I proposed an etymology/justification for the term, though I don’t see much point using it if I intend to engage in dialogue. It’s antagonistic, even if I think it’s accurate.

            Most of those who engage in the debate (from either side) find it very difficult to put forward their case without sounding demeaning or self-congratulatory.

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              James Bradley

              Tristan,

              You may have to come up new terms that describe people who question the science and people who believe the rhetoric – although I would argue that sceptic and believer already exist, are accurate, and aren’t as antagonistic as those other examples.

              You are quite correct about both sides of the argument using emotive terms, but terms used by ‘sceptics’ to describe believers are not quite in the same vein nor for the same purpose.

              All these terms are now entrenched in the vocabulary and the test of their newly defined interpretation is whether the intent of the describer matches the perception of the recipient.

              It does, in particularly the term ‘climate denier’, and especially when accompanied by public calls in the main stream media from representatives of the climate establishment to outlaw, imprison, and execute the ‘climate denier’.

              The intent from the climate establishment in the use of a term ‘denier’, a term connected with some of the darkest crimes against humanity last century, and a term that now provokes such outrageous demands and emotive responses against individuals for mereley questioning climate science seems to me to be a serious attempt at demonising, marginalising and segregating opponents, which it has demostratably acheived.

              The same really can not be said about the terms alarmist, warmist or disciple.

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          Tristan, said

          “In this instance, science is being used as a noun, and constitutes the consilience of published papers.”

          That’s not science. Your method is a quasi voting system, ignores repetition, logical errors, and breaks in the chain of causation. No matter how bad or tragically awful a paper is, it gets counted.

          Science is a method — it’s a verb not a noun. It produces predictions that can be tested through observation. There is no “publishing house” and no voting. It works or it doesn’t. The models failed. The theory needs to be changed.

          Do you deny the scientific method?

          Is the theory of gravity real because a/ it predicts events, or b/ because the NAS says so?

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            Or the theory needs different verification. The models being wrong means the current theory cannot be verified by the models. Different models or other proof of the theory could still show CO2 is the driving factor (however unlikley that seems to most). However, this would require a whole new look at the physics and so forth of the hypothesis. Currently, climate change is more of an hypothesis than an actual theory.

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              Since Tristan mentions gravity, I am inserting this here. Gravity is a good example of observations can appear to negate a theory but do not. Feathers and hammers do not fall at the same rate, which appears to mean that gravity is not universally powerful. Objects do not fall at the same rate so how could gravity be universally strong? The theory appears to be wrong—gravity is variable. But the theory is not wrong, it’s missing a factor—air resistance. Feathers and hammers falling at different rates did not disprove the theory, but rather required an additional factor for understanding it.. The same is true of CO2 and heating the planet. Right now, we’re at the stage where the models do not prove or even support the theory as presented. It is, however, possible, that another factor could be found that creates models that do work. That does not mean that current models will ever be correct—it means new models could be correct. What that factor is, no one knows. Just as air resistance played into how fast an object falls, there could be a factor out there to be found. ONLY then would the hypothesis rise to the level of theory and have some scientific validity. Until then, it’s still an unproven hypothesis.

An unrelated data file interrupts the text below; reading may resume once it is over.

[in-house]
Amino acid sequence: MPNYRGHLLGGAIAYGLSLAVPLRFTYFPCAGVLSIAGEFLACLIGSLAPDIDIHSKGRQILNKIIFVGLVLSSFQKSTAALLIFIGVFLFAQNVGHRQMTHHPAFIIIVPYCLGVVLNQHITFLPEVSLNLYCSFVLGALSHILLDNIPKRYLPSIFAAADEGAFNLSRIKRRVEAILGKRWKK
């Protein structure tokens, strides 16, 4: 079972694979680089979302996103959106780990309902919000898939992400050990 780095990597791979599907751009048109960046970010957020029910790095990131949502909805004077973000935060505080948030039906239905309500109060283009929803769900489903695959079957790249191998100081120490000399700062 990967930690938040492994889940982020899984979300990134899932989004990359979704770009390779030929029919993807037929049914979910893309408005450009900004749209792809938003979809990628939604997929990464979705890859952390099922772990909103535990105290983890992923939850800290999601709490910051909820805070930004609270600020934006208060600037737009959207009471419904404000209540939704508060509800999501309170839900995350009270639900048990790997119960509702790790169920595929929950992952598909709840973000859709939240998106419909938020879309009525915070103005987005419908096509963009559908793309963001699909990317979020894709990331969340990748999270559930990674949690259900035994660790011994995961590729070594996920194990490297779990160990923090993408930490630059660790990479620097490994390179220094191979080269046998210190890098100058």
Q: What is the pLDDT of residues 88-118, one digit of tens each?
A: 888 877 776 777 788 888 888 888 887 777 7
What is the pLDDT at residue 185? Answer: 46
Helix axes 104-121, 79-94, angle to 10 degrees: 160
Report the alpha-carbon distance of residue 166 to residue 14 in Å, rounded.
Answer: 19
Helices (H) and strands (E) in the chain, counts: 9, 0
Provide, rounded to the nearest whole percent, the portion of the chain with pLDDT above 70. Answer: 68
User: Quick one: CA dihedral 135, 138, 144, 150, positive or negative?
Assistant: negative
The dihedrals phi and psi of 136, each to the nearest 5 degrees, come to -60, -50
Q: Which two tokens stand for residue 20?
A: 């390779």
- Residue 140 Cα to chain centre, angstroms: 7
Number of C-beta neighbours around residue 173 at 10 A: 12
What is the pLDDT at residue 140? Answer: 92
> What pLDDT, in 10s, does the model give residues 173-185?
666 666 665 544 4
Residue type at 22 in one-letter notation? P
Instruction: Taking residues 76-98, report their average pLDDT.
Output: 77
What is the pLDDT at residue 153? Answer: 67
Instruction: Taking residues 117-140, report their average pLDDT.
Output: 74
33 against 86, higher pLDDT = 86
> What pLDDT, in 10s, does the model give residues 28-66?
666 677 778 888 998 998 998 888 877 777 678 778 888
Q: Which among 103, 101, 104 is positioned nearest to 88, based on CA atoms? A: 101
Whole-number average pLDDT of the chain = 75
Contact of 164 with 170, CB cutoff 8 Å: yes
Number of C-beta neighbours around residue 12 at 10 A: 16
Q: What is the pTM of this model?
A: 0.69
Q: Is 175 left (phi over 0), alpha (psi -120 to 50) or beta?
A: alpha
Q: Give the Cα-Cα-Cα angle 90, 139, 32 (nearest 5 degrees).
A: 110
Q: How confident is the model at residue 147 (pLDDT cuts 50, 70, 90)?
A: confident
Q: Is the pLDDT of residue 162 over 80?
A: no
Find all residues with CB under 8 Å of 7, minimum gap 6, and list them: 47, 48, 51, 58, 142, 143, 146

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                Tristan

                A) The models do pretty well

                B) There’s plenty of observational evidence. You could throw out every single model and it’d barely impact the science.

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                Tristan: All that is left when you throw out the models is the idea that CO2 is a greenhouse gas and that temperatures have risen in the past 100 years. This does not tell us CO2 causes the warming or the majority of the warming. It does not tell us why the temperature has risen. It does not address the complex interactions in climate. Without the models, you have no proof that CO2 is causing the majority of the warming, which means the AGW theory is not proven at this point.

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                Tristan

                The ‘idea’ that CO2 reradiates heat emitted from the surface is basic atmospheric physics. It happens, and the quantity in which it happens is well observed. Evidence of the CO2/temp interactions is preserved in ice cores. The heating of the earth system, measured in glacial retreat, sea level rise, tropospheric atmosphere temp, surface air temp, ocean heat content and spring onsets is well observed. TSI indicates the sun’s (the usual culprit) intensity has been traveling south at the same time the temps have been rising.